Beer and Hockey

Oh, the joys of sports in June on high-definition television!

For the past few weeks I have shouted myself hoarse and disturbed my neighbors alternating between broadcasts of the National Basketball Association and National Hockey League finals. On off days and nights there’s always baseball, tennis and golf to tide me over.

With LeBron James and the Miami Heat having repeated as N.B.A. champions in a tough seven-game contest against the San Antonio Spurs, I can now focus on the Stanley Cup matchup — currently tied at a couple of wins apiece — between two of the six original N.H.L. teams: the Chicago Blackhawks and Boston Bruins.

But I wonder if I would be writing this had I stayed in Montreal instead of moving to the United States. When I was a teenager I once gave my grandfather Max a lift to New York City, where he would stay at the men’s “Y” and take in a few operas. Couldn’t he satisfy his operatic cravings back home, I asked? No, he explained. “Canadians only care about beer and hockey.”

At the time that sentiment didn’t really bother me. During the 1960s and ‘70s the Montreal Canadiens hoisted the Stanley Cup no fewer than 11 times. As we fancied ourselves the world’s most enlightened hockey fans, my friends and I even chose second teams to cheer for. Mine was the Bruins, led by one Bobby Orr, whom a select few (myself included) consider the most talented player in N.H.L. history. For the record, this year I’m pulling for the Blackhawks. It just seems unfair to me that residents of a metro area about the same size as Montreal’s should have so many glamorous teams.

Lord Stanley's Cup of the N.H.L.

Lord Stanley’s Cup of the N.H.L.

Bostonians host baseball’s American League Red Sox, the National Football League Patriots, the N.B.A. Celtics and the Bruins, all of whom have been champions in recent memory. Montrealers have the Canadiens, who haven’t brought home the Cup in two long decades. The National League Montreal Expos left town in 2004 to be reincarnated as the Washington Nationals yet never won a World Series in 25 up-and-down years. Need I even mention the Alouettes of the threadbare Canadian Football League?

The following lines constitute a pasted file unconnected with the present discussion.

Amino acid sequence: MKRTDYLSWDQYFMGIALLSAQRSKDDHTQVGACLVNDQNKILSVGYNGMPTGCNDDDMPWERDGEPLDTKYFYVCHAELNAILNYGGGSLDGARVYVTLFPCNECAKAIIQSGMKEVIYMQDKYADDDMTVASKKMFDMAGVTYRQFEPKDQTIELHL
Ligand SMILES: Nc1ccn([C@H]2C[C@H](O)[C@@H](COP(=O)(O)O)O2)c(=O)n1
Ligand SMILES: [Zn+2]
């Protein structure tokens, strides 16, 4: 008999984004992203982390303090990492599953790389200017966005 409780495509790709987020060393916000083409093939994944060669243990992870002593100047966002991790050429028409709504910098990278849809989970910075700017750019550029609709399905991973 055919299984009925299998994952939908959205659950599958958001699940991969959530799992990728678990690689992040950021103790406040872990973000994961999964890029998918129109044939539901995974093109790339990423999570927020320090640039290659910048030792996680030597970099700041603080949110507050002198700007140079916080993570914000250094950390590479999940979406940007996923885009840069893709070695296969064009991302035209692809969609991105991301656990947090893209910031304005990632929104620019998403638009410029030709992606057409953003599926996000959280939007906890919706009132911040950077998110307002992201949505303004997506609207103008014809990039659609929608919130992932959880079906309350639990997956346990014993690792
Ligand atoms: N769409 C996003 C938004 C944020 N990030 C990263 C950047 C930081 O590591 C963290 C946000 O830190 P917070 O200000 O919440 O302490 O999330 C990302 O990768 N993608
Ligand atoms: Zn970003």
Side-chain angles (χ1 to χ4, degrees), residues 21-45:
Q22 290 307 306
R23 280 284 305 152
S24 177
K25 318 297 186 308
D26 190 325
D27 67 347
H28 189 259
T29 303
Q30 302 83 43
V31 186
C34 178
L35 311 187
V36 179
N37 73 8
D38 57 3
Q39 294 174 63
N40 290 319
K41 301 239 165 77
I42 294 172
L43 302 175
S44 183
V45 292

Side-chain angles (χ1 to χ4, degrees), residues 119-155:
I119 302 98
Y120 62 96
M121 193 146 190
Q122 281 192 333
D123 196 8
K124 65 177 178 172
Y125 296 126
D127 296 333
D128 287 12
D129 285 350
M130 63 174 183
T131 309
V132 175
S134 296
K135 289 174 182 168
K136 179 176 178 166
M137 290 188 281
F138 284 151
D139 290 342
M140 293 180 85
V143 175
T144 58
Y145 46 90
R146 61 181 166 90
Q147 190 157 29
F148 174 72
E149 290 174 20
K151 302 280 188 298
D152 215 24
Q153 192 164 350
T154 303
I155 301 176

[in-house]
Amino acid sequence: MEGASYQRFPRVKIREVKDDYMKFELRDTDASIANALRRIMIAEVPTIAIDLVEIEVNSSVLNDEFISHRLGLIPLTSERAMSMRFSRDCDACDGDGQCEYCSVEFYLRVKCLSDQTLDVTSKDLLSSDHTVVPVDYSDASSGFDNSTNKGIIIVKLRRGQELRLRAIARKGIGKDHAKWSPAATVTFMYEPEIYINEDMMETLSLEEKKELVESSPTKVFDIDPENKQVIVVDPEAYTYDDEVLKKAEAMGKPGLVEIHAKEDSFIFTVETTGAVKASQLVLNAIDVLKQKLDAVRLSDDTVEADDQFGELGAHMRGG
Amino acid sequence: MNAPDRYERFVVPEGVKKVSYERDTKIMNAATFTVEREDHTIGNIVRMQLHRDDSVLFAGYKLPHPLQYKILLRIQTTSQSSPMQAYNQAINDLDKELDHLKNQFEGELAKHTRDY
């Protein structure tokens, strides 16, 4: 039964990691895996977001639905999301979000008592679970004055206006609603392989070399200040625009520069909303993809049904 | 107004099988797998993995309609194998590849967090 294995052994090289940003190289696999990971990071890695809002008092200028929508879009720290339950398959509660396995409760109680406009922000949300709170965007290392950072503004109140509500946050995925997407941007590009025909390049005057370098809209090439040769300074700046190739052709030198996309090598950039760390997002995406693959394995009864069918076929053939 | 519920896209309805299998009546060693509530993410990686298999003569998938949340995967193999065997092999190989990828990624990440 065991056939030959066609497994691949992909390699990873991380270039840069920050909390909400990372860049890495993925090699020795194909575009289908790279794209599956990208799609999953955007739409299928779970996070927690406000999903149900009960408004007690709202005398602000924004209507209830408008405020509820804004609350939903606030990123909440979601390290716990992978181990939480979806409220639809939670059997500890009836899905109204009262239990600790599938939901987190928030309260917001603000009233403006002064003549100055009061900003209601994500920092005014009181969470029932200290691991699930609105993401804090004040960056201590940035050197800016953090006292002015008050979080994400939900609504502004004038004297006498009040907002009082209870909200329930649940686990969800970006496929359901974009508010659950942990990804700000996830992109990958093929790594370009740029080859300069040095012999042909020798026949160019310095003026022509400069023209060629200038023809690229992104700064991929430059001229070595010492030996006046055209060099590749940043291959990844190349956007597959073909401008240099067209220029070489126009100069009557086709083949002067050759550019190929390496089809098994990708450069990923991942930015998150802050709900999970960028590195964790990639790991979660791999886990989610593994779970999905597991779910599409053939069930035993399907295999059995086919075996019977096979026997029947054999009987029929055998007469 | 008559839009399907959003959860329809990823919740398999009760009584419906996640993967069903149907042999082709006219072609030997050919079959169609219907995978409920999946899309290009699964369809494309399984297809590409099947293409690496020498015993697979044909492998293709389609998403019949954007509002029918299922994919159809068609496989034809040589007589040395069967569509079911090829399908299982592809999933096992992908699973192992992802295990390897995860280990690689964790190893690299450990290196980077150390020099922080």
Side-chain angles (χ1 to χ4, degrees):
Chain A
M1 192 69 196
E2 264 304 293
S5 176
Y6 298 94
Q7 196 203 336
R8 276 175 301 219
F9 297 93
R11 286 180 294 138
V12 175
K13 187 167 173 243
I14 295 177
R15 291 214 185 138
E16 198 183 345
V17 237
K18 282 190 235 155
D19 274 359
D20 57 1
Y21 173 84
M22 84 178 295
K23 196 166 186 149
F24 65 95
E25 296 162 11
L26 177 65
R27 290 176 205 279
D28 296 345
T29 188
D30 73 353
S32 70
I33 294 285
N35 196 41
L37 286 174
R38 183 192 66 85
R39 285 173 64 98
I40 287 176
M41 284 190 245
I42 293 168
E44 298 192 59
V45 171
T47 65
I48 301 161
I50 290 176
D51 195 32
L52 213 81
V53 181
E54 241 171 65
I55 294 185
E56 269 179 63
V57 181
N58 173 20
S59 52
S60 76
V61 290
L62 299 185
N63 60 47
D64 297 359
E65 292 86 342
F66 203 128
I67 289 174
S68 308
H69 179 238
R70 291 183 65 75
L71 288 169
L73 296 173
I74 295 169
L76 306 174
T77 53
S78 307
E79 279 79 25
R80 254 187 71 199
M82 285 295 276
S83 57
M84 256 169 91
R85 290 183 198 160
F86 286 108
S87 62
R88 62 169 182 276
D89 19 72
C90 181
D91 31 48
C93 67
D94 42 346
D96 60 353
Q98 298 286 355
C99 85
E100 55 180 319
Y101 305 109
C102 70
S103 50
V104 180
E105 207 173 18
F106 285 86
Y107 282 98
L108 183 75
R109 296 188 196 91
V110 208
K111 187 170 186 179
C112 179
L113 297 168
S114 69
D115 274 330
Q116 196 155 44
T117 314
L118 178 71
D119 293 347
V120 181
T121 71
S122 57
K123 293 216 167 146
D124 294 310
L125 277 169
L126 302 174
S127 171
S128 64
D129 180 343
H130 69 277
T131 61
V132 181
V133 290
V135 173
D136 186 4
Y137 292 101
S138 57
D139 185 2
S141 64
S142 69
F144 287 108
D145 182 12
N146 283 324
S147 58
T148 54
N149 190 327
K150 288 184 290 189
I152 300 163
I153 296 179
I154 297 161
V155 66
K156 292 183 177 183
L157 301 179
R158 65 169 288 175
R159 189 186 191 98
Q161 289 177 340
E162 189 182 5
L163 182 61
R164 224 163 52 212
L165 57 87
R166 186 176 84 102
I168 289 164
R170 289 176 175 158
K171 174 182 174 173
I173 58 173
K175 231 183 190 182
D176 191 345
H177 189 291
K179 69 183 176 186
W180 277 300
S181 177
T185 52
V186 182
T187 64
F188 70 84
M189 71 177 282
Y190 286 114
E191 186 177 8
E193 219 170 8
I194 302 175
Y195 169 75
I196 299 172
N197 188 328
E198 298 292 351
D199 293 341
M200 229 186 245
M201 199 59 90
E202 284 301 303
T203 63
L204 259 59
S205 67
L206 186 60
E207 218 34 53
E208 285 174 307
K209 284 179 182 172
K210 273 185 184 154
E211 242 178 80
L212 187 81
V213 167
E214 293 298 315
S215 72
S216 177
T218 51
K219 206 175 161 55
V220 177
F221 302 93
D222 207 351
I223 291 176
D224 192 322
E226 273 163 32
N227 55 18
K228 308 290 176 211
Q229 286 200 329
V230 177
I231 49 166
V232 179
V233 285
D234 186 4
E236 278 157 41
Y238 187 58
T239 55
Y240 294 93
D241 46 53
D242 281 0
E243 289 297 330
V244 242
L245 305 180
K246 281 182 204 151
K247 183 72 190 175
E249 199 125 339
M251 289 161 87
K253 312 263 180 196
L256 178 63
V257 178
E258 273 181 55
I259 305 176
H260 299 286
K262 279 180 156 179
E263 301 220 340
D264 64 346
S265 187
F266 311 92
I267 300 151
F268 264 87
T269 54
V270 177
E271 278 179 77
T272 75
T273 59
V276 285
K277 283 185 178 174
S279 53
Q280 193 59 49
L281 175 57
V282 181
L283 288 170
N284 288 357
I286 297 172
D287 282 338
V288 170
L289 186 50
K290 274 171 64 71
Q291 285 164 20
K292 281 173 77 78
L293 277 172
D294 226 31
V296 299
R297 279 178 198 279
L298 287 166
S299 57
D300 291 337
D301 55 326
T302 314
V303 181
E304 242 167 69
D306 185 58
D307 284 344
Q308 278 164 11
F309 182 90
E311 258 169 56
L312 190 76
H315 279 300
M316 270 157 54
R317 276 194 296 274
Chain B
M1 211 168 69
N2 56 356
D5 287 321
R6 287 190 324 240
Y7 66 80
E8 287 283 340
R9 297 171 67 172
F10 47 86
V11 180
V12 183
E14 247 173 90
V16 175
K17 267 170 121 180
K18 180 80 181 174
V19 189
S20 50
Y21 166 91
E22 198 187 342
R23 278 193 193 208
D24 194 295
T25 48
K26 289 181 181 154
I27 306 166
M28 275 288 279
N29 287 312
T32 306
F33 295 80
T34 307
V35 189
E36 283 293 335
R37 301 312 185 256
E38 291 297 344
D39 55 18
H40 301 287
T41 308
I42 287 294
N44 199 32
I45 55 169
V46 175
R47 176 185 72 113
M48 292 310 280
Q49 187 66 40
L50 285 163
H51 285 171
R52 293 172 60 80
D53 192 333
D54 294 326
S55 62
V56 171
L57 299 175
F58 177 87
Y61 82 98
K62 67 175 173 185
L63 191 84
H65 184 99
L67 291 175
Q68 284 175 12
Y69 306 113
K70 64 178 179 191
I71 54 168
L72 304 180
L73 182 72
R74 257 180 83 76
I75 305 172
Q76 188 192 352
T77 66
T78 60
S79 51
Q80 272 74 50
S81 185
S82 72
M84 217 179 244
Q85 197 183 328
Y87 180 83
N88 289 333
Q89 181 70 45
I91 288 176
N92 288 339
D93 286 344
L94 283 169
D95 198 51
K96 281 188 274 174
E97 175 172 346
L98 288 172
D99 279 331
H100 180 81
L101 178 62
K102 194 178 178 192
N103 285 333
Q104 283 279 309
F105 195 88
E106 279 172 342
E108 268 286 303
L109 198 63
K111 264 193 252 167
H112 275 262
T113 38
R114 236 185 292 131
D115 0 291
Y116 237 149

I can’t speak for Torontonians, who have the American League Blue Jays and N.B.A. Raptors along with those perennial N.H.L. losers, the Maple Leafs, but many men of my generation in Montreal live in an isolation of former glories. The Habs, as Les Canadiens are fondly known at home, play beneath 24 Stanley Cup banners hanging in the Centre Bell – “more championships than any other professional team,” a fan informed me on a recent Quebec trip. Not one to let a false claim go uncorrected, I pointed out that the New York Yankees boast 27 World Series titles. Despite their recent struggles, the Bronx Bombers are a good bet to win more. But the small-market Habs, I fear, might not be triumphant again while I’m still around.

On a more positive note, in a city where the sports sections of both French- and English-language dailies contain mostly hockey stories – even in August – younger fans appear to have broader interests. After all, there are few things more beautiful than basketball’s three-point shot, like the one Ray Allen made in game six to quash the Spurs’ near-certain victory in the N.B.A. finals. Up there too is great baseball defense, notably the well-turned double play, as my late uncle Sonny would tell you, together with the long passing game in professional and college football.

Still, I understand that a lot of my compatriots to the north aren’t interested in the Stanley Cup finals because no team based in a Canadian city is contending. That kind of parochialism I’m only too glad to have left behind.

3 thoughts on “Beer and Hockey

  1. Every once in a while it’s good to be reminded that I have a relative who might be as smart and eloquent as I. Very good read.

  2. Nate Silver, the New York Times uber mensch on statistics, reviewed this in his blog:

    How can you challenge his wisdom when he strips away the emotion, going for what he perceives as relevant hard fact? But let’s boil it down to the essentials. If smoked meat was so good, why hasn’t it gone mainstream in the U.S. while poutine is hot? We all think maple syrup is the cat’s meow but its sales are not even within the margin of error of high-fructose corn syrup. Doesn’t it appear that no matter the arm pitching the ball, if the spin isn’t there, the pitch relies upon whims? We live in times of mediocrity.

    • Nate Silver is Amazing. Canada should have more N.H.L. teams. And if you take his argument one step further, Canadian teams would win more Stanley Cups if Canadians took more interest in sports other than hockey. It’s the lack of competition that keeps Canadiens and Maple Leafs home games sold out, and the teams mediocre. Having said that, I can tell you that smoked meat is a lot harder to make than poutine, and real maple syrup is much more expensive than corn syrup.

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